We have two new chapters from Part 2 ready to release those who request them. Please leave a comment and let us know if you prefer PDF or Kindle format, and whether you would prefer to download them from the site or have us email them directly to you.
These two chapters (and probably the next one as well) are rather more infodump-ish than most. Infodumps are one of the main hazards of writing sci-fi. Larry Niven explained it nicely back in the early 70’s (or before) and a short bit I call “The X-ray Laser Problem.” Niven was writing a series of sci-fi mysteries at the time and he wrote the piece to lament that these were tricky. Say you have a locked-door murder mystery (his example). In contemporary fiction, the reader knows all the limitations and such, but in sci-fi, what if the bad guy had an x-ray laser that can shoot through walls?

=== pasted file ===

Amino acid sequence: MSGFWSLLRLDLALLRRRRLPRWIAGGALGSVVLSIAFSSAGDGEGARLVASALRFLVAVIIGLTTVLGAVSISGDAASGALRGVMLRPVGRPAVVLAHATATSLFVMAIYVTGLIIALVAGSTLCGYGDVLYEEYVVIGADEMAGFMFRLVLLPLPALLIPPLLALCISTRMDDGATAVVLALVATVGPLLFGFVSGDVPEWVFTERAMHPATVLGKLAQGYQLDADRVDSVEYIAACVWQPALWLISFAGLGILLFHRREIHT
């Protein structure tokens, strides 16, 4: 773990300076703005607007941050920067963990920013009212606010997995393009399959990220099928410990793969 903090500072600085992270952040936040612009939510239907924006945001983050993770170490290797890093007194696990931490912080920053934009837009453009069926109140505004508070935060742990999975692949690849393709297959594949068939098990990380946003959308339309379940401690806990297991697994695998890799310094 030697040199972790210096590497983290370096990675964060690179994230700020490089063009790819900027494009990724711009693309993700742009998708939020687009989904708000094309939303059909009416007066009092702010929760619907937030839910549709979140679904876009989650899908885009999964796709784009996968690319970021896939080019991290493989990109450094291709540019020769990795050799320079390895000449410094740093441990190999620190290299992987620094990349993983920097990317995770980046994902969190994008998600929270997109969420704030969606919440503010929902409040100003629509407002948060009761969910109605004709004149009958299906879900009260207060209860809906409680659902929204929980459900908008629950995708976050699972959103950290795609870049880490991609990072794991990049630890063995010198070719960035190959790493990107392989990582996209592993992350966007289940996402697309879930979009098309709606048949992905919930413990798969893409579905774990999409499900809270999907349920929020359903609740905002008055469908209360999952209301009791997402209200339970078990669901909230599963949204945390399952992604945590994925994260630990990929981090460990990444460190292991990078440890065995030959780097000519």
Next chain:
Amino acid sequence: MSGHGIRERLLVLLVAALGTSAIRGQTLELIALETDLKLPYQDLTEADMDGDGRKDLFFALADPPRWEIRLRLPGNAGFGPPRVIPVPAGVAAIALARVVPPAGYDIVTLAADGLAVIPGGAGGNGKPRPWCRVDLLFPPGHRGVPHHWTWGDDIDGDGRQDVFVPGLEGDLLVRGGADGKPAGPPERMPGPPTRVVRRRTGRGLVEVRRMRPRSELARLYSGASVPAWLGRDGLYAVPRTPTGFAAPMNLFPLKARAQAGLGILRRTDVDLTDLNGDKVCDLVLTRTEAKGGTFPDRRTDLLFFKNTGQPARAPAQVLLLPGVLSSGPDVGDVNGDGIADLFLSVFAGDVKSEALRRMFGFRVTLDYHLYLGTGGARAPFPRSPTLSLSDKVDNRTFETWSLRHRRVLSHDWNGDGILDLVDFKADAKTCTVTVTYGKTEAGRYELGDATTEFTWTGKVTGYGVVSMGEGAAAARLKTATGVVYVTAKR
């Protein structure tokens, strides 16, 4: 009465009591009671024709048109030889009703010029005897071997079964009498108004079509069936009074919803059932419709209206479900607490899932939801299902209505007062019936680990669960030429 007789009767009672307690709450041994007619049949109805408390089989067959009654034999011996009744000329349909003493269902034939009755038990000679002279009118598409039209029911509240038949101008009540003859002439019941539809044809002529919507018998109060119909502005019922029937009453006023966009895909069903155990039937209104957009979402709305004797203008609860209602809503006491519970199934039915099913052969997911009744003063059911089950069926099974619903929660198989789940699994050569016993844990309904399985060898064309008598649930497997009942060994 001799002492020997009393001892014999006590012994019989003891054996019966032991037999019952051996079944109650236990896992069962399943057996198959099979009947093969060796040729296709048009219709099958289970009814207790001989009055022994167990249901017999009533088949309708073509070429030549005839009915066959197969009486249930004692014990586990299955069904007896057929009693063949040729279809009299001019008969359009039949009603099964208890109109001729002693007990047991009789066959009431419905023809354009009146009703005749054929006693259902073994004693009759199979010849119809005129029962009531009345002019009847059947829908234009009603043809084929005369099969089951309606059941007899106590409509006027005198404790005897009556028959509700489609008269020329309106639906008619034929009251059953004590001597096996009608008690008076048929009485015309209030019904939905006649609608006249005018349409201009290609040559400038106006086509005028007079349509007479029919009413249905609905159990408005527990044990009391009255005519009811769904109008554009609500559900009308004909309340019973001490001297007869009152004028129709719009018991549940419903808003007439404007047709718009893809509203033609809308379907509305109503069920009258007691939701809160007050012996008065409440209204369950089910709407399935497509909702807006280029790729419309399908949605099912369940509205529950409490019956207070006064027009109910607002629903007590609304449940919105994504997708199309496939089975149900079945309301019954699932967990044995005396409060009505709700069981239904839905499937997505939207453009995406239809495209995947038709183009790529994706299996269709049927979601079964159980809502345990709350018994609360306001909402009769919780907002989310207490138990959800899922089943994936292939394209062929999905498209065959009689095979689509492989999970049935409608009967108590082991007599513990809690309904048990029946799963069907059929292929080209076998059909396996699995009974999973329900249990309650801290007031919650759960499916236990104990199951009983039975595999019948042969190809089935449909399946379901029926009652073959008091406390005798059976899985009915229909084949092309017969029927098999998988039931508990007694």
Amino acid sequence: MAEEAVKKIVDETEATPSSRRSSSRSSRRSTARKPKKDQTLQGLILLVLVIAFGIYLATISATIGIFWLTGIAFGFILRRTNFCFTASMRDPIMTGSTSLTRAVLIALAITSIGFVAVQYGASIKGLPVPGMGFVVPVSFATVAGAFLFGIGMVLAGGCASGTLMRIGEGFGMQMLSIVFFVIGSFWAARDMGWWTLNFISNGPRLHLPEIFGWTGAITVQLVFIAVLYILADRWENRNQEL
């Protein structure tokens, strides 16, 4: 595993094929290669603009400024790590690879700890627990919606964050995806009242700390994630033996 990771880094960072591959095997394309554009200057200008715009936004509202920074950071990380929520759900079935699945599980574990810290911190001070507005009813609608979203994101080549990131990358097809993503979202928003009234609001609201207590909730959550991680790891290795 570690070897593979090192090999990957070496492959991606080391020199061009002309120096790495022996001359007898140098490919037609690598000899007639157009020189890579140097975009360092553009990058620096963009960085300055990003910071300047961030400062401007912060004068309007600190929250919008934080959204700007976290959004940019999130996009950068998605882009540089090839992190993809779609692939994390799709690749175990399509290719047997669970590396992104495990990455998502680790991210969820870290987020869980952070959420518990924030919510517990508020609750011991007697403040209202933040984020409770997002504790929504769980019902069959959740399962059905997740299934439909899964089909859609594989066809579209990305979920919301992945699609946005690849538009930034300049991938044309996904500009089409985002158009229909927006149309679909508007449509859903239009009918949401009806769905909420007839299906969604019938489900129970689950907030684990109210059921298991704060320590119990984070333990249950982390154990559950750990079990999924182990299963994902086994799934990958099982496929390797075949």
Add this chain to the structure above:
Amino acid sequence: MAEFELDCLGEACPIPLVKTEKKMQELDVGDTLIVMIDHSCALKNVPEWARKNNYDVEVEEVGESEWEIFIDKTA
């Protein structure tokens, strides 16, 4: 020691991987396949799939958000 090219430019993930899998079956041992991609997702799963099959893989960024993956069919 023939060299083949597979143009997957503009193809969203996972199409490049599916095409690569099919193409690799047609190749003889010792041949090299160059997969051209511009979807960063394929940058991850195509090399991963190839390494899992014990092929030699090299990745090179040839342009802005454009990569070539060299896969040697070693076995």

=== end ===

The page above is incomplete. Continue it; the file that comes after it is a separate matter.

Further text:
You can’t just drop that on the reader at the end (if you want to still be read). If there are x-ray lasers in that universe, you have to say so and describe what they can do and what they can’t, and how this adds to the mystery. The problem arises though when the author gets carried away talking about his uber-cool x-ray laser. After all, he did research and exercised a bunch of creativity to invent the thing, and he naturally wants people to know all that. So he infodumps.
Back when Niven wrote his piece, there wasn’t much infodumping. At some point that changed and now some successful authors (David Weber comes to mind) have made infodumps part of their style. I don’t know how this came about (maybe it was Tom Clancy who showed that readers actually liked a wealth of technical detail), but the views on infodumps have evolved and are still evolving, and they seem to be getting more controversial again.